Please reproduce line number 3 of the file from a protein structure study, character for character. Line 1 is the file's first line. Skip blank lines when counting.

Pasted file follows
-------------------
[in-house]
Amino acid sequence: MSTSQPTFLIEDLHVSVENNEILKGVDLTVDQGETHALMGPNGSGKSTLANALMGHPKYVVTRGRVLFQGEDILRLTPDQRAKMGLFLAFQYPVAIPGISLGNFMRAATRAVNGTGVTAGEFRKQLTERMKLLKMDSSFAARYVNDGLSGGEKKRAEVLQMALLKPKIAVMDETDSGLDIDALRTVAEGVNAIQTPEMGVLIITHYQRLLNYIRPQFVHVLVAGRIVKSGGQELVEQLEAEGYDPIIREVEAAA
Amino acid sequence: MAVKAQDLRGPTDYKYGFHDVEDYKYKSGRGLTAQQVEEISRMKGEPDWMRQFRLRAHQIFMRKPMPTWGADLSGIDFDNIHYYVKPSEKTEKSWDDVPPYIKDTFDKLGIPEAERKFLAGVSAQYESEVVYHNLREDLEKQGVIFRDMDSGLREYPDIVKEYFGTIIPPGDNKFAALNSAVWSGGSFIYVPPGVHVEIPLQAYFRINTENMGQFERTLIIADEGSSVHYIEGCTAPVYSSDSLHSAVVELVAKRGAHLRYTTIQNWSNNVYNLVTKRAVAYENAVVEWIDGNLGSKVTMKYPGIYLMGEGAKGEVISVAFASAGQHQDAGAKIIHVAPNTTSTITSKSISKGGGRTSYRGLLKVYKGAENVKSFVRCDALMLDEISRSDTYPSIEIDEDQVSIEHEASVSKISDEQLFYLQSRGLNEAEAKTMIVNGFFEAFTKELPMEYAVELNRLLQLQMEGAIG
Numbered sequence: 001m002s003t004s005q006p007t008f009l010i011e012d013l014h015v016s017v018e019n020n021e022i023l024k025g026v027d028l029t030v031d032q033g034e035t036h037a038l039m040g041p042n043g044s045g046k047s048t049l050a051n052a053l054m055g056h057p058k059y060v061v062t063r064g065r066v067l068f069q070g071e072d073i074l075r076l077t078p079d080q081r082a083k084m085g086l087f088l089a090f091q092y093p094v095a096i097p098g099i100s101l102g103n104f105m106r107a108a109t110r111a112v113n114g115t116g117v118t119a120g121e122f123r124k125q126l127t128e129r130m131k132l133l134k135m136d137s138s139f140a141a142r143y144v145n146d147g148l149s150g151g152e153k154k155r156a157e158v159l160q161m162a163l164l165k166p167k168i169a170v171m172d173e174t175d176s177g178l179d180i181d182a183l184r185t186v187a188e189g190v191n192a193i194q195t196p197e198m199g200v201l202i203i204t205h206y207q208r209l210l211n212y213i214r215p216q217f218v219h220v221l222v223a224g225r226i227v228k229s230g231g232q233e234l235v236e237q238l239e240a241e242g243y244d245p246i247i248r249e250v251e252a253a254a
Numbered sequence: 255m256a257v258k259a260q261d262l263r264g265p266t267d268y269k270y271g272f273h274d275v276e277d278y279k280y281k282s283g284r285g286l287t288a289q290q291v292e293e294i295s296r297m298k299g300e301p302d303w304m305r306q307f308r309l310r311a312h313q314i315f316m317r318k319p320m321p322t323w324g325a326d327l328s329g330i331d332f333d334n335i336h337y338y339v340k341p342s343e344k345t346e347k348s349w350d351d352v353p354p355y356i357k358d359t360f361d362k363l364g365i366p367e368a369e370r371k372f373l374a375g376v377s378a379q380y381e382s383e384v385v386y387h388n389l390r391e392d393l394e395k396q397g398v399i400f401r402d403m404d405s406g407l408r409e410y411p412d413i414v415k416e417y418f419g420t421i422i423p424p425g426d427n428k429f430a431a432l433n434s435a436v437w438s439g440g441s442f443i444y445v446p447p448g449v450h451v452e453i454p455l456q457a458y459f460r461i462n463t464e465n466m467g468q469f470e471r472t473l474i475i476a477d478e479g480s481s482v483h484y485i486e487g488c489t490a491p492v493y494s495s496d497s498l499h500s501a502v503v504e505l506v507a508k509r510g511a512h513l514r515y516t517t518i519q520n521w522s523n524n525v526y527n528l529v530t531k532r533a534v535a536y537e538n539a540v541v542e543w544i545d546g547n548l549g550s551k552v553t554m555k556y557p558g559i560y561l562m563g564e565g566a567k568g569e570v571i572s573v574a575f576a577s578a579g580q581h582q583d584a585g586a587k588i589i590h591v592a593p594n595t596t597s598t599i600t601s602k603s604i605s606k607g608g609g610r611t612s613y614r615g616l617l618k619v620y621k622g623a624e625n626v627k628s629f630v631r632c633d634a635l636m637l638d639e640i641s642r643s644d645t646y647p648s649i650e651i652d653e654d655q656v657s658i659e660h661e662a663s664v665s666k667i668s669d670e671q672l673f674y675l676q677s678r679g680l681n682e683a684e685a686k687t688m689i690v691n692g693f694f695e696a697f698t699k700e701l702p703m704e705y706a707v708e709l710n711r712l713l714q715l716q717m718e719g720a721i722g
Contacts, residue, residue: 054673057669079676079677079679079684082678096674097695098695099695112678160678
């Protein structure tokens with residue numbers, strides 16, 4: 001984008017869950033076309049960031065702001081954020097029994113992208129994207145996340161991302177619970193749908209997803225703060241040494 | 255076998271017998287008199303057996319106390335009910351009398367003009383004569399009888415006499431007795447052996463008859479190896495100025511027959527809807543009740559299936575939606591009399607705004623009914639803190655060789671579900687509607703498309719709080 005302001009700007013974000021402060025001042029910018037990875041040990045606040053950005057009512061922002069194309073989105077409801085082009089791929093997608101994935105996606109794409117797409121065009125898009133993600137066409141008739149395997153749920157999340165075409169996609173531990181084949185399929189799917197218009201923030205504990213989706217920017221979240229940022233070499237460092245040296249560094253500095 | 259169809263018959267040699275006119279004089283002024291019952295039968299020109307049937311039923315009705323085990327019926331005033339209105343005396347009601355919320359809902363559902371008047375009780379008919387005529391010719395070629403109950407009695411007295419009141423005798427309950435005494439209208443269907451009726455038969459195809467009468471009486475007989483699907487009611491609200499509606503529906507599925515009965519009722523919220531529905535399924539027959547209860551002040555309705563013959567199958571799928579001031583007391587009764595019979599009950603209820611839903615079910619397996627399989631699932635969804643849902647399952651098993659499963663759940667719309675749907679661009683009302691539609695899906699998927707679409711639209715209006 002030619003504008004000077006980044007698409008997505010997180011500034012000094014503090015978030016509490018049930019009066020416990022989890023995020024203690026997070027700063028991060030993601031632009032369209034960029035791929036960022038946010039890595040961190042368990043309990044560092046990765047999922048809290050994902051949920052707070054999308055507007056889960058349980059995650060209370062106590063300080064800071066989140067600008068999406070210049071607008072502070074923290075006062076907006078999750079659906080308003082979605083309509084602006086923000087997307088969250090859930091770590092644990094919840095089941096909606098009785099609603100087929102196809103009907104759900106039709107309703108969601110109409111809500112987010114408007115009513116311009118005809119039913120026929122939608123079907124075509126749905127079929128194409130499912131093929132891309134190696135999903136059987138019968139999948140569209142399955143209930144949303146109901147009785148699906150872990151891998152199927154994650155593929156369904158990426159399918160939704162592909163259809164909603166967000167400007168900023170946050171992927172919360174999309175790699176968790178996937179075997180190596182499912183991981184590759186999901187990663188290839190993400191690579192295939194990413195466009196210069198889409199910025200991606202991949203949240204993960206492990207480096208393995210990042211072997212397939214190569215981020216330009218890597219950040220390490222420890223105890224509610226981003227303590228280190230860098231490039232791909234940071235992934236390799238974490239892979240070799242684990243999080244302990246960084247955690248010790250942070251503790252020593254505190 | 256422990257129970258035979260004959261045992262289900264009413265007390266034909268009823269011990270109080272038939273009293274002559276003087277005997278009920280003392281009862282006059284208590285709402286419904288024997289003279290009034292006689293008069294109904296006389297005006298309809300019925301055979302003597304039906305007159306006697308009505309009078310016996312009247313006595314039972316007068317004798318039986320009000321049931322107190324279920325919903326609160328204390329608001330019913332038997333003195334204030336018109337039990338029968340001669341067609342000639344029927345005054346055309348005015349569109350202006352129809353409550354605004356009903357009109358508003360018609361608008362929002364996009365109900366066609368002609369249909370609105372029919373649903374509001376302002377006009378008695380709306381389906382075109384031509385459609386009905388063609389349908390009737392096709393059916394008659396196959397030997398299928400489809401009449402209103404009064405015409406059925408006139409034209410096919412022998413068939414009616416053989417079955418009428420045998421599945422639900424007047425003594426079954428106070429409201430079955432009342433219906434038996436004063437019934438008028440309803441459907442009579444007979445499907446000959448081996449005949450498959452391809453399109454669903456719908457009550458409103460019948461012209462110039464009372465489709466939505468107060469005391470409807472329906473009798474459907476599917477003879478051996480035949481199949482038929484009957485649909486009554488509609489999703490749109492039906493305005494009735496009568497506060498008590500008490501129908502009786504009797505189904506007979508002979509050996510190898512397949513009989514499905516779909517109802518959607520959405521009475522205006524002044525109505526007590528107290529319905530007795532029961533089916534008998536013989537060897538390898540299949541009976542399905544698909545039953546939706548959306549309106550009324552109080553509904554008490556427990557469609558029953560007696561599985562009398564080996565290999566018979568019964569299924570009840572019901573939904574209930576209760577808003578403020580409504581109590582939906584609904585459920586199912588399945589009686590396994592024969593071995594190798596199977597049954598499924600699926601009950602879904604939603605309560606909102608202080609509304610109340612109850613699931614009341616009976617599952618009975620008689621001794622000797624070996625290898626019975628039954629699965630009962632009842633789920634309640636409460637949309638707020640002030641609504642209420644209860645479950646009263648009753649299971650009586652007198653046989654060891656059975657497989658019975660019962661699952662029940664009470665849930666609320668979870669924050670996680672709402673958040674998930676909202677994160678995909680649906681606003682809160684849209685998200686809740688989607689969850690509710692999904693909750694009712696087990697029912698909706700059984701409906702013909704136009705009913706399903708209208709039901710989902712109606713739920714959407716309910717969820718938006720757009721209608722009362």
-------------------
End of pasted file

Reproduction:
Amino acid sequence: MAVKAQDLRGPTDYKYGFHDVEDYKYKSGRGLTAQQVEEISRMKGEPDWMRQFRLRAHQIFMRKPMPTWGADLSGIDFDNIHYYVKPSEKTEKSWDDVPPYIKDTFDKLGIPEAERKFLAGVSAQYESEVVYHNLREDLEKQGVIFRDMDSGLREYPDIVKEYFGTIIPPGDNKFAALNSAVWSGGSFIYVPPGVHVEIPLQAYFRINTENMGQFERTLIIADEGSSVHYIEGCTAPVYSSDSLHSAVVELVAKRGAHLRYTTIQNWSNNVYNLVTKRAVAYENAVVEWIDGNLGSKVTMKYPGIYLMGEGAKGEVISVAFASAGQHQDAGAKIIHVAPNTTSTITSKSISKGGGRTSYRGLLKVYKGAENVKSFVRCDALMLDEISRSDTYPSIEIDEDQVSIEHEASVSKISDEQLFYLQSRGLNEAEAKTMIVNGFFEAFTKELPMEYAVELNRLLQLQMEGAIG